• 2fruition

    >>I abhor violence in all it’s forms, but do we really need to differentiate between the different kinds of violence out there? Seriously… I’m thinking of starting my own NPOs to counter violence against gays, homeless, and obnoxious people.
    Let’s see. Violence against women is not just violence — it’s the abuse of social power that men have and women don’t. That’s why men have been able to get away with it for so long. It’s most often perpetrated by “friends” and family and often includes a component of sexual abuse. That’s a little bit different from a random person getting roughed up when mugged on the street. Violence against women, despite so often happening in private, is an overwhelmingly huge part of our culture. It has a special quality that we are better off addressing than ignoring.
    There are non-profits that address violence and lesbians/gay and the homeless too, and so there should be, because this violence has its own specific qualities and it too is specifically about the abuse of social power, rather than standard-grade barroom fisticuffs.
    As for violence against obnoxious people, well…

  • NeverGirl

    Violence against women is arguably different on the basis that there is a long history of treating women as a group that is less than human, ie not white, privileged men. This wonderful history also exists for people who are gay, homeless, not white, etc, but is unique for each group as there are different prejudices, which have arisen for different reasons, and with completely different histories.
    Women have been able to vote for less than 100 years, and equality laws (which have been making a huge splash in the news the last couple days regarding survivor benefits for gay couples) were only cemented in Canada in 1985.
    Just because the law says one thing and recent generations have grown up hearing about equality does not mean it fully exists, or that violence against women isn’t a huge problem that should be addressed. Look at the stats.
    V-Day is an organization started by a woman interested in what it means to be a woman and she can choose to support whatever she wants. V-Day is not responsible for ending all forms of violence against everyone at all times.
    It’s funny, people make the argument AgentSanchez has like they’re exposing some huge flaw, but where is your organization? What the hell are you doing? V-Day is probably the largest, globally recognized organization concerned with violence against women that is capturing the attention of everyday women and men through the huge success of The Vagina Monologue book and play, which you can see in just about every major city and on every major university campus. Not only that, the organization has raised a ton of money for very important and worthy causes.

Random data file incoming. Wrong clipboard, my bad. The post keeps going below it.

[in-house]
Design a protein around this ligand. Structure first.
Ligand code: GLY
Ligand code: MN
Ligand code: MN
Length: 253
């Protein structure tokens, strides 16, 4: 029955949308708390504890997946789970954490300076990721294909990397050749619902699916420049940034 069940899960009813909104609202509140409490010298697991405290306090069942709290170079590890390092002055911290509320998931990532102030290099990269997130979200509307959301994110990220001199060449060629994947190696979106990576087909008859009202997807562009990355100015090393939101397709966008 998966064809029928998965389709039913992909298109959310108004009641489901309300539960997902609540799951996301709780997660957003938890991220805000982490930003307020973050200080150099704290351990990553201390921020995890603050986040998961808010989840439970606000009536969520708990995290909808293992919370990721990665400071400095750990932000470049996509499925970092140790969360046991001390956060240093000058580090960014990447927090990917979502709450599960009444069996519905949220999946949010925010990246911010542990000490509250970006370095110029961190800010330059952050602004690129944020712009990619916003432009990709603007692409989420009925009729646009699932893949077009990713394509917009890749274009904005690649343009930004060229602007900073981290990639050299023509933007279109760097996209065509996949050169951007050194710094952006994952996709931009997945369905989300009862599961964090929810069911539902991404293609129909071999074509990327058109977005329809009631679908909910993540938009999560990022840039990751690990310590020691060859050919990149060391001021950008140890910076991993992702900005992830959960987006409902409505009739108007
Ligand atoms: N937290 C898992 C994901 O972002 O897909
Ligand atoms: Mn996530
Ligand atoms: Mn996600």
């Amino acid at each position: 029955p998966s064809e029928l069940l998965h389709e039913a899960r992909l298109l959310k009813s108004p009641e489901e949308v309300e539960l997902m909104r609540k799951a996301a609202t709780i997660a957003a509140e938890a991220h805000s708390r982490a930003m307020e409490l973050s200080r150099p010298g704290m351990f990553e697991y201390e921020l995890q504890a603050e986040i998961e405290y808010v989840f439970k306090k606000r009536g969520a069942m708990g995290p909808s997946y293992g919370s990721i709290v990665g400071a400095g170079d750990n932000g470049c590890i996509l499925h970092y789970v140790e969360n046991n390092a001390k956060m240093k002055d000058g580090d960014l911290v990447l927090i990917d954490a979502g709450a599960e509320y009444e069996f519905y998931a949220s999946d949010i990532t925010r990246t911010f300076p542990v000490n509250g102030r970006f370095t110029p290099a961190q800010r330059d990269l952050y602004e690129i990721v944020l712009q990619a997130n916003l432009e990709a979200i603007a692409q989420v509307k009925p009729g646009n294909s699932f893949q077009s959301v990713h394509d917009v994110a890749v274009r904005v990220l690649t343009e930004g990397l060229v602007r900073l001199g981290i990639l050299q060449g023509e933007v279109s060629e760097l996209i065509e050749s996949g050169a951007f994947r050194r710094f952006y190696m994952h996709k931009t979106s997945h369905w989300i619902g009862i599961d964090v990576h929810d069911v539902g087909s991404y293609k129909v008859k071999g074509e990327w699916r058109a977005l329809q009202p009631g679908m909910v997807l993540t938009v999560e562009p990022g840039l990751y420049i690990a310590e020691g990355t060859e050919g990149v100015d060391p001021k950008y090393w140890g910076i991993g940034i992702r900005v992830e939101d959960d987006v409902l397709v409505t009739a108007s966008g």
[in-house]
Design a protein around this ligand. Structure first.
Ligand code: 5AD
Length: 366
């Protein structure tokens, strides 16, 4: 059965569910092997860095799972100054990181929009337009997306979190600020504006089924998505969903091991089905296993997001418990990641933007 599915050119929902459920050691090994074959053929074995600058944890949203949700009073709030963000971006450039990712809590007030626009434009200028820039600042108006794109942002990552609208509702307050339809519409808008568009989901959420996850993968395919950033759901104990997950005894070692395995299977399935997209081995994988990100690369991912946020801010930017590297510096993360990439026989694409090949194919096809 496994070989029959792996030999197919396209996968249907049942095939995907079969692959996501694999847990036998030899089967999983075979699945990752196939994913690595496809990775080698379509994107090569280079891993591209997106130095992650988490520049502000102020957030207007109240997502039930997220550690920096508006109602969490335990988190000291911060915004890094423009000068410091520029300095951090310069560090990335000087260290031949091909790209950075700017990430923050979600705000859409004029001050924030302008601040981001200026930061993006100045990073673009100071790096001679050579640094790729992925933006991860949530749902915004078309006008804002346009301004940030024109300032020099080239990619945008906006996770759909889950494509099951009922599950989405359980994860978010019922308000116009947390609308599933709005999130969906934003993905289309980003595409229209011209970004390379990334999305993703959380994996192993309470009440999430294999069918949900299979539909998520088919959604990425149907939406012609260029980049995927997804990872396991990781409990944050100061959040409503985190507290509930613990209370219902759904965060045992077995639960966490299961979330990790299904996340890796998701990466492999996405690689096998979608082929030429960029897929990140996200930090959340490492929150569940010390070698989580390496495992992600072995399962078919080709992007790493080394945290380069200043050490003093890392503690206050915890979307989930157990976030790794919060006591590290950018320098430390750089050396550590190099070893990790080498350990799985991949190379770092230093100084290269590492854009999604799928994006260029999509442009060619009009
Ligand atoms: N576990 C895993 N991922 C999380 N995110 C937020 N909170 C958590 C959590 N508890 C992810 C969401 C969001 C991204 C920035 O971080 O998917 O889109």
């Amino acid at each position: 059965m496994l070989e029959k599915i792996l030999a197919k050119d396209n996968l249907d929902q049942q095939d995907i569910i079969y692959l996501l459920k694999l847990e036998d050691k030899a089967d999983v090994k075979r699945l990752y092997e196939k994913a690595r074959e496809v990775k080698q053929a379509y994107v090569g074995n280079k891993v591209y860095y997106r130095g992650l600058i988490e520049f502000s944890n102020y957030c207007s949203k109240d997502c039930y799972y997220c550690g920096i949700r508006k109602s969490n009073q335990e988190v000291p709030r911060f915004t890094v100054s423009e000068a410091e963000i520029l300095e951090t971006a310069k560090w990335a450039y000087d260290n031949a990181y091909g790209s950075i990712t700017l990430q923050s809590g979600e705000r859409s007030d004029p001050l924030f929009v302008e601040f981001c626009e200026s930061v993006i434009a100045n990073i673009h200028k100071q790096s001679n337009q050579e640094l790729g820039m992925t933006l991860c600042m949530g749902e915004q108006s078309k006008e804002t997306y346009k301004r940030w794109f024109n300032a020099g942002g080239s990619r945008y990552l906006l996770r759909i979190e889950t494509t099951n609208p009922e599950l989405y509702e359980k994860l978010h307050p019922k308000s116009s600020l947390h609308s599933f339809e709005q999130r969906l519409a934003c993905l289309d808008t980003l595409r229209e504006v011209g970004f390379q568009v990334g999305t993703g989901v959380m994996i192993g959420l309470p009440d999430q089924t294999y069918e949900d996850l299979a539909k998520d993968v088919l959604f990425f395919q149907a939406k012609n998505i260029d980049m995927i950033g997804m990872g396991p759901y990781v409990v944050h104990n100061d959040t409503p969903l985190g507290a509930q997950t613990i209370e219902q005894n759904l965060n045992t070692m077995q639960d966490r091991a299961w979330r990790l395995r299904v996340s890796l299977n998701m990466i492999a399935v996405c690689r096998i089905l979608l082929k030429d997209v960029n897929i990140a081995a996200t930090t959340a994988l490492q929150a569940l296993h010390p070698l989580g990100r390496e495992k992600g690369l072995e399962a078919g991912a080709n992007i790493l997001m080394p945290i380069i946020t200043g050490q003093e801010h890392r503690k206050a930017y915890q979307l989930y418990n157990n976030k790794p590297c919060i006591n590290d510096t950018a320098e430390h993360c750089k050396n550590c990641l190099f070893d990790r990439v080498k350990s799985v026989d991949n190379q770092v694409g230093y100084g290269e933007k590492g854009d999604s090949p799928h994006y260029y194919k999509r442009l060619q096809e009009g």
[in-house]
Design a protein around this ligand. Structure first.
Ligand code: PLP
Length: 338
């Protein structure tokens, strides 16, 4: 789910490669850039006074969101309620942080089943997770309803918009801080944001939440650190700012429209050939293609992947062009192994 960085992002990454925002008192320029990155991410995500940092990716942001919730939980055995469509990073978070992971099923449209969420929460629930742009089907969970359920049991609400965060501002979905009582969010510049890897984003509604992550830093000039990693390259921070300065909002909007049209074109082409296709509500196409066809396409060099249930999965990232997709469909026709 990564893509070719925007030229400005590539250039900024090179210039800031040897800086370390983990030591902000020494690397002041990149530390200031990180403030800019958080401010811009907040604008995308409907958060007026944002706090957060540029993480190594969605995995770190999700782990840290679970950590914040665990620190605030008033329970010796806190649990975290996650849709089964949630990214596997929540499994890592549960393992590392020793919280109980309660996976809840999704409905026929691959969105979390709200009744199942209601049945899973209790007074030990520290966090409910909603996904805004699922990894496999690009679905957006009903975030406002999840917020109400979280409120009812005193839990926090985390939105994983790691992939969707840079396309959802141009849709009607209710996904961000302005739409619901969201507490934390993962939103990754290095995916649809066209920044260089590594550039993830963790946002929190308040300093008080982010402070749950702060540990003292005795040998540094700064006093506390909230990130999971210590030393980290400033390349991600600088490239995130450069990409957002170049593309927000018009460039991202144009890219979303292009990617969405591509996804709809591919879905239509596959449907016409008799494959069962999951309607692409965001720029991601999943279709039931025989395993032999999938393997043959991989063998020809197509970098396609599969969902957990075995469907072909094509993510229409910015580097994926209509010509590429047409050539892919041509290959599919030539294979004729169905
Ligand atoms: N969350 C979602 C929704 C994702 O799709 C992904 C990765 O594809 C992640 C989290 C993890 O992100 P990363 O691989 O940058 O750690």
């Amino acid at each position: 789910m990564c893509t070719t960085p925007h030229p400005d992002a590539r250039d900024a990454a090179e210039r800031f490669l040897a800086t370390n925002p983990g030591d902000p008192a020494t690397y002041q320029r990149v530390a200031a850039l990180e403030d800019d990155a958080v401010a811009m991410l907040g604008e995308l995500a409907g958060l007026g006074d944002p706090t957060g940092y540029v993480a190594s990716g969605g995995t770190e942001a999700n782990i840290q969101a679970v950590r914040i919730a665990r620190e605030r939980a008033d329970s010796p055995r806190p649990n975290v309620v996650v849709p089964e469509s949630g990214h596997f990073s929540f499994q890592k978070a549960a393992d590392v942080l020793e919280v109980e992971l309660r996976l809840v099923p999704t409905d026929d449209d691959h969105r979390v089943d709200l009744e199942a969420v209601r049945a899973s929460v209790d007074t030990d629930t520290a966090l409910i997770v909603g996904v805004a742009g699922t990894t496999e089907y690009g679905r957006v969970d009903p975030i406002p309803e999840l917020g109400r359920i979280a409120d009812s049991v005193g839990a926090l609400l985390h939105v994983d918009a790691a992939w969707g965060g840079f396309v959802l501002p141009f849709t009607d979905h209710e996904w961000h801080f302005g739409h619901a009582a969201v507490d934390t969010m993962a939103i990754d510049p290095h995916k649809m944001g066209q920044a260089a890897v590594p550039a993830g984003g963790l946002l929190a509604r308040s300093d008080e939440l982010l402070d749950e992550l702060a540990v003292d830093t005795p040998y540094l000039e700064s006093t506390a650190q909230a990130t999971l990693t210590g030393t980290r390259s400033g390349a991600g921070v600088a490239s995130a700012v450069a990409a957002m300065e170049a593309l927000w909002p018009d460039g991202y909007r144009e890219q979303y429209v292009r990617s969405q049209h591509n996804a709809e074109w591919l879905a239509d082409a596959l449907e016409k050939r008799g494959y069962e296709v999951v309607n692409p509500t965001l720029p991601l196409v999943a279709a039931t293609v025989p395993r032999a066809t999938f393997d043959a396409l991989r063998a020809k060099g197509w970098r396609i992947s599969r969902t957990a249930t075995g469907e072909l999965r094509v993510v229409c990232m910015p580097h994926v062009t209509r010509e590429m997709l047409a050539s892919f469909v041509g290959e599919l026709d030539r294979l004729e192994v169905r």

Violence against women and violence against other identifiable groups is a huge problem, one that needs a lot more help than V-Day can provide. thank god V-Day exists to make the difference it does. Otherwise all we’d have is wise cracking know-it-all’s who are more interested in criticism than getting off their asses and doing something.

  • Marc Lostracco

    All it does is display a terribly underdeveloped set of coping skills, a lack of empathy, humanity and a dreadful lack of self-respect. No one who truly has respect for himself reduces himself to savage behaviour.

    This statement is fantastic. Unfortunately, when doors are closed, too many women are stuck in horrible situations that take an incredible amount of strength to leave. People always wonder why victims just don’t walk out the door, but aside from the emotional and psychological issues, leaving often also means instability, poverty, and a fear for one’s safety—as necessary as leaving might me. The shame and stigma of being an abused partner also limits how people get help from themselves.
    Women who manage to escape abusive situations and break chains of abusive relationships should be honoured for their strength instead of ridiculed for perceived weakness. What breaks my heart is that people live out their entire lives imprisoned in violent relationships because it’s often so difficult to consider other options.

  • T Taitt

    Hello all,
    Just a reminder of the last event for V-Day 2007. This men are all incredibly beautiful artists and I can’t recommend them highly enough. If you haven’t heard of them, I guarantee you’ll leave a fan. The show is a NOW Magazine Critic’s Pick for this weekend so do check it out.

    The V-Day Men Benefit Concert
    Hosted by Diego Fuentes
    Kevin Fox · Brian MacMillan · Jory Nash · Jonathan Seet · Royal Wood · Matt York

    Saturday March 10th – 7 pm – $18.50 cash only at the door
    Workman Theatre, 1001 Queen West at Ossington
    Preceded by a screening of the award-winning V-Day documentary Until The Violence Stops at 5:30.
    Screening free with concert ticket purchase. Tickets available at the theatre beginning at 4:30 p.m.